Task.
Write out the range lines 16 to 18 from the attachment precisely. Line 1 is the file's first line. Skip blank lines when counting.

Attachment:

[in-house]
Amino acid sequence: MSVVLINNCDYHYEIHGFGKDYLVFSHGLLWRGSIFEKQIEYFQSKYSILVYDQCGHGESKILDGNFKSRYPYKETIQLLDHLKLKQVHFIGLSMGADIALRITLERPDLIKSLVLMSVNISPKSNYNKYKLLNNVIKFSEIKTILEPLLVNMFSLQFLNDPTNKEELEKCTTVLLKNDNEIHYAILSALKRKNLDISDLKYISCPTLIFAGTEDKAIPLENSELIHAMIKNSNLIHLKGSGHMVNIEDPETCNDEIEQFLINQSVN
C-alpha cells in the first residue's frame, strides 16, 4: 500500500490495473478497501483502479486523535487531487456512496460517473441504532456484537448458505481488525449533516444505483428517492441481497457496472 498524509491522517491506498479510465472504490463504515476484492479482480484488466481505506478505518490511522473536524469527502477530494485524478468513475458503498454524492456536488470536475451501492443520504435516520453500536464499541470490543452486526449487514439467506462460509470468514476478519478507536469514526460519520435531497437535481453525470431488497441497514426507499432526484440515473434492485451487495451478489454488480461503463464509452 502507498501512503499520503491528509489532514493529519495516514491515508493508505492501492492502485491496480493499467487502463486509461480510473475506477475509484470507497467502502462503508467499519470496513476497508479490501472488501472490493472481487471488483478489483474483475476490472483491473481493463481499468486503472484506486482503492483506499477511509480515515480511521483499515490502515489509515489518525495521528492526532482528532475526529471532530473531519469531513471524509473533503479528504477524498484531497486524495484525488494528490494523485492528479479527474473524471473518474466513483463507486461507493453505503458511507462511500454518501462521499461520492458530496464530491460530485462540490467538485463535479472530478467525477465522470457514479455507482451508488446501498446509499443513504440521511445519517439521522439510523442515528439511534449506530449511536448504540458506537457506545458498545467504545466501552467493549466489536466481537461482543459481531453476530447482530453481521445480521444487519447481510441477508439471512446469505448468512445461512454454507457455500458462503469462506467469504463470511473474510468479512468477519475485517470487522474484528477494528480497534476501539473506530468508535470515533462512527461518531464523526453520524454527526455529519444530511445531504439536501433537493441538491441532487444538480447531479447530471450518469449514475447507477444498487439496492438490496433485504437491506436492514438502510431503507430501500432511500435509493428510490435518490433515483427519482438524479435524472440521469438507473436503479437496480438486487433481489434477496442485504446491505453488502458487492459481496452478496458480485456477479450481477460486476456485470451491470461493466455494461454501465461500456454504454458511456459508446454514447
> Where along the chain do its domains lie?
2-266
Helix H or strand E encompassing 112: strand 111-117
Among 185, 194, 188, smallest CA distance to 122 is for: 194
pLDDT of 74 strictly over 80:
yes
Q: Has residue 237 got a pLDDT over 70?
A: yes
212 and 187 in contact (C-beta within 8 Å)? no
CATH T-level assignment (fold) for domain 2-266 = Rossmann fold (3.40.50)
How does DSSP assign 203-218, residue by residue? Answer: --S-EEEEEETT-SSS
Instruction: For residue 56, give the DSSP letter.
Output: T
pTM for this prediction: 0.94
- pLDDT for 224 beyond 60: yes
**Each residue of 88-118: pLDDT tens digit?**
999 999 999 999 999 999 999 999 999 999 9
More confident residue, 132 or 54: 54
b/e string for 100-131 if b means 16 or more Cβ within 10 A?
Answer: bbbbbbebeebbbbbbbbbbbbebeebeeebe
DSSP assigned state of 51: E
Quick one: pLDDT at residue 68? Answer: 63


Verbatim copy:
Output: T
pTM for this prediction: 0.94
- pLDDT for 224 beyond 60: yes